Franklin Leavitt’s first map of the White Mountains, with a claim to being the first map of the region

Franklin Leavitt, guide / J. H. Bufford’s Lith., MAP OF THE WHITE MOUNTAINS. [Lancaster, NH?], 1852.
Lithograph, 19”h x 34 ¾”w plus wide margins, uncolored. Mended cracks and tears, some paper losses replaced with small areas of image in pen-and-ink facsimile (including a ca. 2” x 2” area straddling the center of the lower neat line). Extensive reconstruction of margins. Lined on verso with heavy tissue. The work has been expertly done, and the map is eminently displayable.

A rare and wonderful 1852 pictorial promotional map of the White Mountains by Franklin Leavitt, being the first of several produced by him over three decades. Possibly the first map to focus on the White Mountains, but certainly one of the most desirable early images of the region.

By the mid-19th century the transmission of the Romantic ethos across the Atlantic, the rise of a middle class with disposable income, and the development of rapid rail links with coastal cities transformed the White Mountains into a major tourist destination. Over three decades Franklin Leavitt, a Lancaster, New Hampshire contractor, guide, would-be poet, and all-around “character” produced five charming maps to cater to the visitors flooding the region. All bear important stylistic similarities that render them engaging examples of what might be called “folk cartography,” including a lack of consistent scale or orientation, the pictorial depiction of local landmarks and history, and some emphasis on Leavitt’s own exploits. The maps nonetheless would have been reasonably helpful to casual visitors and desirable as souvenirs, though useless or even dangerous to anyone using them as guides to the region’s rugged back country.

Offered here is Leavitt’s first map, published in 1852. It depicts the region bounded by the Lakes Region in the south, the Connecticut River in the west, Jefferson and Randolph along modern-day Route 2 in the north, and the Carter Range and Androscoggin River in the east (Leavitt’s indifference to scale and orientation make it hard to be precise, but roughly speaking the map is oriented with South at the top.) Watercourses are delineated by single lines, roads by double lines, and railroads by heavy black lines. Major mountains and ranges are depicted pictorially, and here again Leavitt’s indifference to scale and orientation evident: The precipitous of the peaks is exaggerated; their placement on the map bears only a loose relationship to their geographical locations; and Cannon Mountain (labeled simply “The Old Man of the Mountain”) and Mount Carter appear as high or higher than Mount Washington.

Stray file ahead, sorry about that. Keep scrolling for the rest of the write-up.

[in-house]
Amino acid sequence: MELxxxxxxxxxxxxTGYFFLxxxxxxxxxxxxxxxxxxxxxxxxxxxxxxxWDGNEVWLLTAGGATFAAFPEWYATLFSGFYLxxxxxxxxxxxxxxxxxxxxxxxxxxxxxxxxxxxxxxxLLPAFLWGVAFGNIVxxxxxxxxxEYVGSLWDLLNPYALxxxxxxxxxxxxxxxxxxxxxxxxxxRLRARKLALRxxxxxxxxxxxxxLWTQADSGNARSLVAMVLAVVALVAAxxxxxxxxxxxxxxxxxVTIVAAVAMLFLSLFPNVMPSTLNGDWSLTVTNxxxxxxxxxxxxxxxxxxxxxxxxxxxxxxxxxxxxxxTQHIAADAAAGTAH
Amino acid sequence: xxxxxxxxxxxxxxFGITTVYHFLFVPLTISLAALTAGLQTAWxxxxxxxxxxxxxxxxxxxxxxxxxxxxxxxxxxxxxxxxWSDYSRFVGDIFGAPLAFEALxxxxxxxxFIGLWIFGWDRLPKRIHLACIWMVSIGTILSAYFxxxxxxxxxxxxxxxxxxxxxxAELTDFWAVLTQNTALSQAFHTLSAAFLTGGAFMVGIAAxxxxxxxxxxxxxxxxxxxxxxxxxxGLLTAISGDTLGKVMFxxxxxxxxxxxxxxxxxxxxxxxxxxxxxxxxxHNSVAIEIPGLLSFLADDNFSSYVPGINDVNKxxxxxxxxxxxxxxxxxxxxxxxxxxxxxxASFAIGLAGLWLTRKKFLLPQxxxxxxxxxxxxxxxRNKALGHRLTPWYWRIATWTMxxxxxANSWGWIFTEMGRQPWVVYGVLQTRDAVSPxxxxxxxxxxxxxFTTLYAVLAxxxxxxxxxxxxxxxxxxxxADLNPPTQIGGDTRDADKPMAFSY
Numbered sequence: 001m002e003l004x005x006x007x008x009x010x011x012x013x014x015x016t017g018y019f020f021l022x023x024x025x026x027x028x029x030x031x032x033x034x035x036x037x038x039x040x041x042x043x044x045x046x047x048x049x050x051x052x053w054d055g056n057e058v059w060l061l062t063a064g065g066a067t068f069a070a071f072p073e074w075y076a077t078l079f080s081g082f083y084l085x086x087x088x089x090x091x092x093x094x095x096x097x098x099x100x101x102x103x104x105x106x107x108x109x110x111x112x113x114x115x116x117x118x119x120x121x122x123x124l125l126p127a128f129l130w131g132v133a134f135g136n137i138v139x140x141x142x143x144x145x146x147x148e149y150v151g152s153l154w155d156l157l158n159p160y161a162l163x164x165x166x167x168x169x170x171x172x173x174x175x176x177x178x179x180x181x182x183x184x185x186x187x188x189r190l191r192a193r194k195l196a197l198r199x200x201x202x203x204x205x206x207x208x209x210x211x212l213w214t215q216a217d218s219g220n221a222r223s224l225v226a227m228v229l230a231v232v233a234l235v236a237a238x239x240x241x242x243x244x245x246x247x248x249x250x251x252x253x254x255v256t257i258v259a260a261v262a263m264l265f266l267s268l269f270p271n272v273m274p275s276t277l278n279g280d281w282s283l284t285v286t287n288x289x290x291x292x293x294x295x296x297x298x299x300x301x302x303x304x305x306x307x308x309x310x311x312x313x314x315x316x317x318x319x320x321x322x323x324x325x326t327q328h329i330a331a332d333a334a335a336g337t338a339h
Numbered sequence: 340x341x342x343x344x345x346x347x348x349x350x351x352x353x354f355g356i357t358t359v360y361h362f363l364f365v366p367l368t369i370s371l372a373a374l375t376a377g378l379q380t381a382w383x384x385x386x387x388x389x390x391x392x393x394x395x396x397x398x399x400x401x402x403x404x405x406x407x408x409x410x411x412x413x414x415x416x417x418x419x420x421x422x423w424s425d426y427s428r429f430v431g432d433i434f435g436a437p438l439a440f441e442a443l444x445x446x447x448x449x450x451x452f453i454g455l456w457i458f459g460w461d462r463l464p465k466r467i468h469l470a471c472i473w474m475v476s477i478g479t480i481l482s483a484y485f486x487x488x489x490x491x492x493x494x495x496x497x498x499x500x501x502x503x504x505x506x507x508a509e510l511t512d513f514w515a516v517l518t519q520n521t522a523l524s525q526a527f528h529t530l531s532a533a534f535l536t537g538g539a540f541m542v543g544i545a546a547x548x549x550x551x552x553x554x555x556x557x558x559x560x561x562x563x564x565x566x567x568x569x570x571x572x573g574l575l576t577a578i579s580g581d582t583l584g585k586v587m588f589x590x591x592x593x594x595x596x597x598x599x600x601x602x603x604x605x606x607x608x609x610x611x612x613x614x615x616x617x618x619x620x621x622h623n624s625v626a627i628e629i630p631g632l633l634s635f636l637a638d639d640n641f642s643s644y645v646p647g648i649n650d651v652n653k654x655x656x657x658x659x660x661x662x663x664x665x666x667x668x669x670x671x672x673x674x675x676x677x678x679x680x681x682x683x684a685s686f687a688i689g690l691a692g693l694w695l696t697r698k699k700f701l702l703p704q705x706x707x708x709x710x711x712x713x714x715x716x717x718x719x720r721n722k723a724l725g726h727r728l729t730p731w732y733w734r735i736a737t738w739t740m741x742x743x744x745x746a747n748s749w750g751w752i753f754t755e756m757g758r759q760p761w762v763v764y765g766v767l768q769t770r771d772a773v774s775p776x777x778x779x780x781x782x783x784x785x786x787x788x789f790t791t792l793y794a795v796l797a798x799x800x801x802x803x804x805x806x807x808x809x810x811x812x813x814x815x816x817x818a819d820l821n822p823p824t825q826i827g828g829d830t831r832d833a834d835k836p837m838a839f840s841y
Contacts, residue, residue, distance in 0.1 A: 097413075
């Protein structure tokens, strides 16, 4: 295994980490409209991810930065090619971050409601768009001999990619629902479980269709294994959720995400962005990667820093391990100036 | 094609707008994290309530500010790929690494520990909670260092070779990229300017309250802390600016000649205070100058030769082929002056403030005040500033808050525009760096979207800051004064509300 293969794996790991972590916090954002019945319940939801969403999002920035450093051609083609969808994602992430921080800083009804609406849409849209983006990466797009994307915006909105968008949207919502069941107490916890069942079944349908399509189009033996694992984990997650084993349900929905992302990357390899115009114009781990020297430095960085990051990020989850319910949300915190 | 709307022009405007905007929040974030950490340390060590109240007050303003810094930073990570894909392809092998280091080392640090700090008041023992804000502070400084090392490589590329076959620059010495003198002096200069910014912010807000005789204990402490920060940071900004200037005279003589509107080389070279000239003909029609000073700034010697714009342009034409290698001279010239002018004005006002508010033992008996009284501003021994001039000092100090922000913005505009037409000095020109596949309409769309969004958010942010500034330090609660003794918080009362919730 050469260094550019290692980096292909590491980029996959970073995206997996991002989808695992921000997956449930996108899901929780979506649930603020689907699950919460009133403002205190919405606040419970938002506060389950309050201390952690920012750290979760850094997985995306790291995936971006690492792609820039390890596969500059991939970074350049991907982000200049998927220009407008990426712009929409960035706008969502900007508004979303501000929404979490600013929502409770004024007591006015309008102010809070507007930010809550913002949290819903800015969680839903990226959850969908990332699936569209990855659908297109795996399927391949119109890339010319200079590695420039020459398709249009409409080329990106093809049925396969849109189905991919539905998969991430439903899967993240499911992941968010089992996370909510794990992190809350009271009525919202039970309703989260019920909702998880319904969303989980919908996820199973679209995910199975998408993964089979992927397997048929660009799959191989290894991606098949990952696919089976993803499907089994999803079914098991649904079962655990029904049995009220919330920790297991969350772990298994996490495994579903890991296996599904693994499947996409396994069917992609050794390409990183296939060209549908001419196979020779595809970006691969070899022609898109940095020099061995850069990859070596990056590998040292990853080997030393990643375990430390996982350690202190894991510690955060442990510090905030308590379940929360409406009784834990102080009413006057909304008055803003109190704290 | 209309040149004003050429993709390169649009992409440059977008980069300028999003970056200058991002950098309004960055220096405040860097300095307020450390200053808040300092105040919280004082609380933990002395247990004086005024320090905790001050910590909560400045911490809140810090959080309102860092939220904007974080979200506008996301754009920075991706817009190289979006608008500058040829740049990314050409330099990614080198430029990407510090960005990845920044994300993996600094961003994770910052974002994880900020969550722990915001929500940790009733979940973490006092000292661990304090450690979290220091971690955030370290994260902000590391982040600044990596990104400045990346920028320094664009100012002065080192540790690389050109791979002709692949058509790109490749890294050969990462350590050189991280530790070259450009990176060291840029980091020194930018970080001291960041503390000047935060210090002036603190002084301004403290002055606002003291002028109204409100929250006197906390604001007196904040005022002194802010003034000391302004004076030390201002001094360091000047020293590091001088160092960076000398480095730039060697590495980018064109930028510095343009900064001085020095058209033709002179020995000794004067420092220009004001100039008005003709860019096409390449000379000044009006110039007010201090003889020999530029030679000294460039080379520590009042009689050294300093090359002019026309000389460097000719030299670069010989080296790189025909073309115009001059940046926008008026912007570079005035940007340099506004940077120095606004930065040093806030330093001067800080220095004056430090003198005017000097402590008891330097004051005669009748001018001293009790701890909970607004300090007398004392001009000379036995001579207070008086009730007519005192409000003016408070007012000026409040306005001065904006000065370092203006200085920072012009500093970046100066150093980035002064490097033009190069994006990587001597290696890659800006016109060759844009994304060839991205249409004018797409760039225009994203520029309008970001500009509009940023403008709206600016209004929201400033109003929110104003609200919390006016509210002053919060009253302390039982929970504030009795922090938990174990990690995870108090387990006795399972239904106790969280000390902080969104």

The map also features information of particular interest to tourists, including the locations of major hotels and inns such as the Crawford House and Mount Washington House (now the Mount Washington Hotel); a table of distances; and the locations of famous “sights” including the Flume and the Old Man of the Mountain. Enhancing the visual appeal are views of two of the region’s lodging establishments, the Station House in Gorham and the rather grand-looking Crawford House at the head of Crawford Notch.

It is worth noting that Leavitt’s has a claim to being the first map to focus on the White Mountains, the primary competitor being Conant’s Map of the Mountain & Lake Regions of New-Hampshire.

I have handled perhaps a dozen Leavitt maps over the years, and one broadside of his god-awful poetry, but I find no record of this 1852 map having appeared on the antiquarian market. It is also rare in institutional collections, with Cobb and OCLC between them recording but eight examples in American libraries.

A rare and wonderful piece of cartographic Americana, with a case for being a landmark in the mapping of the White Mountains.

Bent, Bibliography of the White Mountains, p. 84.[3] Cobb, New Hampshire Maps, #203 (American Antiquarian, Dartmouth, Library of Congress, New Hampshire Historical). David Tatham, “Franklin Leavitt’s Pictorial Maps of the White Mountains,” in Prints of New England, ed. Georgia Brady Barnhill (1991), pp. 112-115 (fig. 6.3). As of August 2021 OCLC lists holdings at the American Antiquarian Society, Boston Public Library, Buffalo & Erie County Public Library, Dartmouth, Harvard, New Hampshire Historical, and the Peabody Essex Museum. All of Leavitt’s maps, along with biographical information, may be viewed on the “Franklin Leavitt Maps” page of the “White Mountain History” web site.